Tuesday, September 15, 2009

Deep Image/Jed

Jed Rasula has an interesting new book out, The Shadowmouth: Modernism and Poetic Inspiration. And that's what it's about... I've just begun to read a little in it, so I won't offer any kind of extensive critique or summary... But I found his chapter on "Deep Image" poetry worthy of note... First because - like Jonathan Mayhew in his Lorca book - Jed offers a good critique of this important poetic moment (Bly, Wright, Strand etc)... The thing that always annoyed me about say Merwin's The Lice was the way "darkness" always just represent mystery... We can't really get into the mystery... It's where the poem ends... Jed does a good job of explaining the reason for this... The Deep Image's belief in the unconscious as a kind of pre-language... The unconscious as a pre-social self... And thus the escapist element of the poetry... And why, as Jed puts it, "darkness" reoccurs in this poetry as a kind of "drawing a blank" - the mind goes out, language goes out...

HOWEVER: I'm becoming more and more intrigued by the reasons why after many of us had to deal with this BS growing up, after this poetics is pretty widely disregarded, why is it that we see these critiques of Bly NOW?... Well it is it seems precisely because they are used by a new ascendant poetics as a strawman... I noticed that already when I got my MFA at Iowa... Everybody disparaged the strawman of the "James Wright poem"... Ron Silliman discards them as "soft surrealists"... On the other hand Tony Hoaglund dismisses "the surrealist excesses of the 1960s"... Well... In American Hybrid (if anything a monument to the current reign) Cole Swensen dismisses this image-based poetry as simplistic in favor of a more fractured, syntactically indeterminate, langpo-influenced (and in some ways just plain langpo) poetry that is more sophisticated... And which Cole connects to the New Critical notion of a heroic high art... Cole also repeats New Criticim's politics... That through this complex experience of poetry protect us agains the onslaught of mass culture...

Bly and Co deserved every bit of criticism... And I'm certainly not eager to return to that kind of poetry... Joyelle's and my manifesto of "Soft Surrealism" was occasionally misinterpreted as this but it was really a critique of Silliman's and this whole trope opposed to softnesse, exess, lack, disability etc... I'm in some ways more interested in the rhetoric used to dismiss it... In this book Jed follows many of the same trope as Cole...Seeing image as low-brow... He compares deep image poetry to the "wow" of an acid trip... and calls Bly's poetry "homespun polaroid surrealism" ... And "deep image pop gun"... Like that guy who called Lara "hot topics" the rhetoric is one of resisting mass culture, the vulgarity of mass culture, cheapness, kitchiness and tackiness... And for Jed (as for Cole) this has to do with resisting the vulgarity of the image... Images are simplistic and vulgar... The way you resist them is through syntactical fracturings (for both COle and Jed)... That's why he thinks Rothenburg and Kelly are better poets than Bly and Co... (they are, but is this why?)... Further, the problem of images is their allure... Jed at one point suggests that a poem by Antin might be seen as slipping up at one point and "indulge in deep image" even after Antin has been "liberated" by McLow's syntactic critique...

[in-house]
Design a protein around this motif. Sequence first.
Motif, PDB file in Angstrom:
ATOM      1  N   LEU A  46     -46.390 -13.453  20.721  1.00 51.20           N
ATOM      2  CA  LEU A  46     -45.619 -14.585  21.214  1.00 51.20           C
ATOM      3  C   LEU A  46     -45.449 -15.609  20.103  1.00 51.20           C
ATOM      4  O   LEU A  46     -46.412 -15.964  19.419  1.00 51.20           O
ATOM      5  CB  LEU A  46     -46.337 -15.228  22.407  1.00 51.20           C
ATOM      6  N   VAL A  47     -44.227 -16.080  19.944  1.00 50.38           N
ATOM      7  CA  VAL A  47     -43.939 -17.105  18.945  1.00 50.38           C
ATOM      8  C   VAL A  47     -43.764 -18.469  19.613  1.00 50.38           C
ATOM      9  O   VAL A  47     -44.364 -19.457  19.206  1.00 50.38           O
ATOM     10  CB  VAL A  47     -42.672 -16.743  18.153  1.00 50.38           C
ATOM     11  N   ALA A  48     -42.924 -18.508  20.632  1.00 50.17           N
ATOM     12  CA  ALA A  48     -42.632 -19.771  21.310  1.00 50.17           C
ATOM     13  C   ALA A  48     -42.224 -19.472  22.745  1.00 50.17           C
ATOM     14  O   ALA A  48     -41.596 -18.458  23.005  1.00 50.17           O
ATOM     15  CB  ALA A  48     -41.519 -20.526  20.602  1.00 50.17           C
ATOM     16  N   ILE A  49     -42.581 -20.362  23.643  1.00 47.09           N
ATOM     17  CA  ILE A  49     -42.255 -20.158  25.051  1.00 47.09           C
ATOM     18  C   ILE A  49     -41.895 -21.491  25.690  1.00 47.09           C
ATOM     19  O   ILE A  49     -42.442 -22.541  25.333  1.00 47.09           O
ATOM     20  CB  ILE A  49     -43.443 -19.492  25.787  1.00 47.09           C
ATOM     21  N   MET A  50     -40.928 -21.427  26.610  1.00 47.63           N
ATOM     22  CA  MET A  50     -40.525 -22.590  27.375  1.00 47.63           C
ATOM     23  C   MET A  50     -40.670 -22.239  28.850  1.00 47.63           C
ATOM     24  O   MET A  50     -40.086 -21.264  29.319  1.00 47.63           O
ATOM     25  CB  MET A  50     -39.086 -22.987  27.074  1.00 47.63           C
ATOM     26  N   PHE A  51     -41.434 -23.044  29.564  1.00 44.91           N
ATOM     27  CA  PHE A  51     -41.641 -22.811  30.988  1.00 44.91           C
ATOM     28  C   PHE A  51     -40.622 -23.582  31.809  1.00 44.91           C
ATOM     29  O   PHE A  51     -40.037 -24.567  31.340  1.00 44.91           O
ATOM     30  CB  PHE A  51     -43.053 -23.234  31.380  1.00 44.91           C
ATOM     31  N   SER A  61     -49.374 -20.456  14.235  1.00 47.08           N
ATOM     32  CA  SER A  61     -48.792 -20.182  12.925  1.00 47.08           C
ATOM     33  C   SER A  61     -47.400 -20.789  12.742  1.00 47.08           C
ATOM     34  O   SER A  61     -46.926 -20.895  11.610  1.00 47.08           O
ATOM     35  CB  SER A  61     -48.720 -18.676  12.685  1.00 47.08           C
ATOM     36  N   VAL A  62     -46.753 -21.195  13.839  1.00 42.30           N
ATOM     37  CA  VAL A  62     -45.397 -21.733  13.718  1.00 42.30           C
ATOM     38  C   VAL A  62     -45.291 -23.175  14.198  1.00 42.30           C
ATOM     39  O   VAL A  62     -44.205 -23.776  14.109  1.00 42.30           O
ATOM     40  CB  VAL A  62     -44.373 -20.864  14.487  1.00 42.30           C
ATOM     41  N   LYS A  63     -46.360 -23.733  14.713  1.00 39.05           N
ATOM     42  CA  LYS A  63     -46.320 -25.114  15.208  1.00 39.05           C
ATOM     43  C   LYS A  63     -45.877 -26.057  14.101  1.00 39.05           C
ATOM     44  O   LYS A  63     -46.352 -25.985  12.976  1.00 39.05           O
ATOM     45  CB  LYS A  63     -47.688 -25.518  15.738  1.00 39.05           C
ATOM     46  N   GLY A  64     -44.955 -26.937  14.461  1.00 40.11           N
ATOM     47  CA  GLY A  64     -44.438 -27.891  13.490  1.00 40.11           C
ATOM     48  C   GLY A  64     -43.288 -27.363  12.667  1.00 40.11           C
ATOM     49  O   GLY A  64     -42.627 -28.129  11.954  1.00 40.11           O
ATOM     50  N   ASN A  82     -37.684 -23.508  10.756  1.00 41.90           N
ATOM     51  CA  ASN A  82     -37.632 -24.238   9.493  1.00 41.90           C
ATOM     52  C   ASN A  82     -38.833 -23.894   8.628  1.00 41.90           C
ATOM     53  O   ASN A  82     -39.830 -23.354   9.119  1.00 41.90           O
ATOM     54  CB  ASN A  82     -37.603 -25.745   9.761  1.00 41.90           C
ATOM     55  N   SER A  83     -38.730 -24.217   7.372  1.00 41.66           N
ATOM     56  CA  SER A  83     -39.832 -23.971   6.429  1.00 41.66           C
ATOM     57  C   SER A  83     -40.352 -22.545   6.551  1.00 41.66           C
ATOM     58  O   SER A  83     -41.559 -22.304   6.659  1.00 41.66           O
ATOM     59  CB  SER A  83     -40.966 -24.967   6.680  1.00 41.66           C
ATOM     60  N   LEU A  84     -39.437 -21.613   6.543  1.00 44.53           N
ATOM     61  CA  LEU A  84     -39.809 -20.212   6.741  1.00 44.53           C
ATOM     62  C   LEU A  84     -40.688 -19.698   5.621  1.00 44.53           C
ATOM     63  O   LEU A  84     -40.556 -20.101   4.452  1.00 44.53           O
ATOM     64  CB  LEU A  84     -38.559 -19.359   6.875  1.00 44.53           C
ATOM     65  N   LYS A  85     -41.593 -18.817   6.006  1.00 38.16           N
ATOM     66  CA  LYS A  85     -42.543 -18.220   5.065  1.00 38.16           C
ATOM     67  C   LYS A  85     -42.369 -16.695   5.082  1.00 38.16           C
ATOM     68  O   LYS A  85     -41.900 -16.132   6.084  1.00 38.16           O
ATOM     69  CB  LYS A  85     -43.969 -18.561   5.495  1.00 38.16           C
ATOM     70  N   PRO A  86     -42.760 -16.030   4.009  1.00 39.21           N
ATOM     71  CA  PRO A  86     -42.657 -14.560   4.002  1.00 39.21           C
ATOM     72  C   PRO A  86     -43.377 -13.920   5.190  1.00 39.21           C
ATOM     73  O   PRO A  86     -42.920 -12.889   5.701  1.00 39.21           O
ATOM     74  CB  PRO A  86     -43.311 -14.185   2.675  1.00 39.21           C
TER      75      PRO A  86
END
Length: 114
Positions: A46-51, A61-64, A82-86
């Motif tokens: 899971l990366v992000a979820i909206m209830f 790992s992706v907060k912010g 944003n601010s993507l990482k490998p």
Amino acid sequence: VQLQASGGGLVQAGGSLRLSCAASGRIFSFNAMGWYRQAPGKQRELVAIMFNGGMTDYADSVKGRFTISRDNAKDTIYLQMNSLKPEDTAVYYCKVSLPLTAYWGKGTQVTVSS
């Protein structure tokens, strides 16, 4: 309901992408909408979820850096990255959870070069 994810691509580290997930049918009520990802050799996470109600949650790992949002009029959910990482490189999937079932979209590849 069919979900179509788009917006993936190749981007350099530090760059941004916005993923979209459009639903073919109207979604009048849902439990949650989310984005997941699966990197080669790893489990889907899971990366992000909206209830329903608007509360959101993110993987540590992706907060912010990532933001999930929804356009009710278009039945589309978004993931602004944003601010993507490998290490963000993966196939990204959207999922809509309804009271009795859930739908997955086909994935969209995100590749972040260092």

... Another problem with the Deep Image is that their embrace of a mysterious "darkness" is an attempt to return to the "womb"... The pre-social self.... Thus politically regressive... Not only does this become problematic becaus Bly in fact did a lot of political protesting and his "teeth mother" book is about the Vietnam war... It's also problematic because of gender... Now there's a chapter on gender in Jed's book so I don't want to talk about it before I've read it... But it should be noted that there are awfully few women in both Bly's and Jed's pantheons... (though this is certainly not true of American Hybrid it should be noted)... And more importantly, pop culture... that seductive, indulgent, excessive force that so scares all these establishment people (from Bly to Silliman to Hoaglund and Jed) is generally portrayed as female... Gothic art and literature has for example traditionally been portrayed in terms of prostitution to mass culture...

... I always saw Deep Image not as some surrealist force meant to unleash our unconscious but rather a way to control the image... Anybody who was in a creative writing class in the 80s-90s (perhaps still) knows that the poet has to "earn" the image... It can only come at the end when the poem has been fundamentally established as real and authentic... If you let the image in earlier you haven't earned it yet baby... You've broken the economics of poetry composition... A very protestant economy... Too much imagery and you're becoming excessive.... ruining the economy... destroying the wealth... You become crass... And that's why I like the term "gurlesque" that so many people seem to dislike... It's crass and excessive...